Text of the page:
Evernote 2009

On January 2, 2009

If I had to choose just one productivity app it would, of course, be Evernote. While not without it’s flaws, (for example, only specific types of text can be edited, the method they use for local storage is cumbersome, and they are the only company who have, consistently not responsed to my emails), Evernote is still the most powerful productivity tool around. The fact that it is

–flexible; you can use the iPhone app to take text, picture, voice notes and more. You can use the geolocation power of the iPhone to tag pictures.
–"cross-platform"; it works with mac, windows, windows mobile and more
— employs the "hybrid-web": data is stored on the web and locally and the two are kept in sync.
–ever evolvong; it adds powerful new functionality, such as the recent update brought "universal file sync" and expanded the type of files it can handle to a remarkable extent.

all combine to make Evernote a highly effective app that uses cutting edge technology AND really worlks.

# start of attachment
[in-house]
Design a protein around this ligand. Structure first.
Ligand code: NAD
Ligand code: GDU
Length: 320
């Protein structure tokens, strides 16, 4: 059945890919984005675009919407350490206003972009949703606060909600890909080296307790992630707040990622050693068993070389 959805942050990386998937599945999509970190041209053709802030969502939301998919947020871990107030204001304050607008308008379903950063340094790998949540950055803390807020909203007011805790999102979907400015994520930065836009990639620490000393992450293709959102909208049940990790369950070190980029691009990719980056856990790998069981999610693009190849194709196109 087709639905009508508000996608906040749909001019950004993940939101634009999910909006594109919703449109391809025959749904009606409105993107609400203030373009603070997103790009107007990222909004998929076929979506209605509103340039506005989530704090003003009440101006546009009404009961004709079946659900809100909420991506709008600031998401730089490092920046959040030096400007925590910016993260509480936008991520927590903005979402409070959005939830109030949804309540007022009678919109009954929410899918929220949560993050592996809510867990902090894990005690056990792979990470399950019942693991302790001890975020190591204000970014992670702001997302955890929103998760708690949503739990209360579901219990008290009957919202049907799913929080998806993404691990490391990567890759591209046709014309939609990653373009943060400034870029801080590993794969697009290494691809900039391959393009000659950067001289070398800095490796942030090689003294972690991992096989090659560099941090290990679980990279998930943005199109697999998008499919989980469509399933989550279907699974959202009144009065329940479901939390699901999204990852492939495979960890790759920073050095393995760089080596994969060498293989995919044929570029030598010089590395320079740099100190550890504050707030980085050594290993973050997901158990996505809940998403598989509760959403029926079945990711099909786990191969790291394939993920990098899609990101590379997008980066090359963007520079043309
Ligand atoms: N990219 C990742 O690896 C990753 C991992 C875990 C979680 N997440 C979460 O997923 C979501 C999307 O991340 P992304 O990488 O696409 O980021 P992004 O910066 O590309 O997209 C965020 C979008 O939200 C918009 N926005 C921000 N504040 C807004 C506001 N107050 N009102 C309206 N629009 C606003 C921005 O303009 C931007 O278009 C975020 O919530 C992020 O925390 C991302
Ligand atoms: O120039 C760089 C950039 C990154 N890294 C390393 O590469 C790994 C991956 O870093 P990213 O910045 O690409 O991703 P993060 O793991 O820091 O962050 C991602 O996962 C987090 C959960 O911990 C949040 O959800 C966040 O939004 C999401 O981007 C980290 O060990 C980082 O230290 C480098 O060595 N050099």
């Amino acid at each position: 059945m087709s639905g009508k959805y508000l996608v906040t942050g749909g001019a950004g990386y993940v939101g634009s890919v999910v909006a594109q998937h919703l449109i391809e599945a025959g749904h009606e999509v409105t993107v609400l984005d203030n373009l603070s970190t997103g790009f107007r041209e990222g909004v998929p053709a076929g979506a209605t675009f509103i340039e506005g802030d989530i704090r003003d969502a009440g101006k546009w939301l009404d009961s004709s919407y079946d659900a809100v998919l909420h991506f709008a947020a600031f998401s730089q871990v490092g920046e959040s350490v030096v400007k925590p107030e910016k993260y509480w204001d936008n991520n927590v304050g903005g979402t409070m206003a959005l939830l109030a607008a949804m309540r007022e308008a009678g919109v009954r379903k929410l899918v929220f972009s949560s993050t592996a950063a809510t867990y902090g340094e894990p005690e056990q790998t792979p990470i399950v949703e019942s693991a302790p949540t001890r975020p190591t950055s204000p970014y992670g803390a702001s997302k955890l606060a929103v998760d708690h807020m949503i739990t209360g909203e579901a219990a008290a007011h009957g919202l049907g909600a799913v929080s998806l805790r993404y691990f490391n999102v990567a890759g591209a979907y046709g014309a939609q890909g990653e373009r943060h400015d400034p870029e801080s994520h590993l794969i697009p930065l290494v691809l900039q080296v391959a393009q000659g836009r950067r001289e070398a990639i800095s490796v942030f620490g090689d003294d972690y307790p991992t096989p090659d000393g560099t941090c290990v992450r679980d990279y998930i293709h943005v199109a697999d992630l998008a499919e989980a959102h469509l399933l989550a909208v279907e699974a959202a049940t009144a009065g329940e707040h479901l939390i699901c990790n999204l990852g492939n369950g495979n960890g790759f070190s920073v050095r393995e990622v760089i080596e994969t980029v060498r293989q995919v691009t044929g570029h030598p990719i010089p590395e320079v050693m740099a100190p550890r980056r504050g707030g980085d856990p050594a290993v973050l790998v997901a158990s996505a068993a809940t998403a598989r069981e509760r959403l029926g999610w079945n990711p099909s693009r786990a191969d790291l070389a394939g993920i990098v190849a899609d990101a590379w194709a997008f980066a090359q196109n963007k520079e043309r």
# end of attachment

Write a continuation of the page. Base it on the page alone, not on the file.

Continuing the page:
I recently received an email from Evernote, the subtext of which suggests that the focus of Evernote’s evolution over the next year will be in areas other than the iPhone app. Because Evernote is an overall system, however, changes anywhere in the Evernote environment may potentially improve it’s use and functionality everywhere. Among the coming advances–

1. Sharing and Collaboration

The public notebooks functionality was launched in 2008. Unfirtubately it is all or nothing since notebooks are either private or public. You cannot share it with specific individuals. As a rest I three different accounts. One is personal, one for the site And the third for work.

In 2009 that will change as the service will add new options for sharing.

2. More Mobile Phones

In 2009 they will be adding new Evernote native clients for a bunch of popular mobile phones.

Right now, Evernote has a native client for the iPhone and Windows Mobile devices. Others need to use the webportal. Why should IPhone users care about other phones gaining an Evernote client? Because (for some reason beyond my comprehension) not everyone uses an iPhone. The more people and devices using Evernote the more powerful it becomes as a means of collaboration.

3. International Launches

The iPhone is available in a tremendous number of countries. It only makes sense to have it available in a variety of tongues, as well

4. Third-Party Apps

Now that Evernote has released an external API. Who knows what amazing things we’ll see now that a wide range of developers are free to "play"!

All of which goes to say- got a new iPhone/Touch? Get to know Evernote.

Now if I could only get them to return my emails….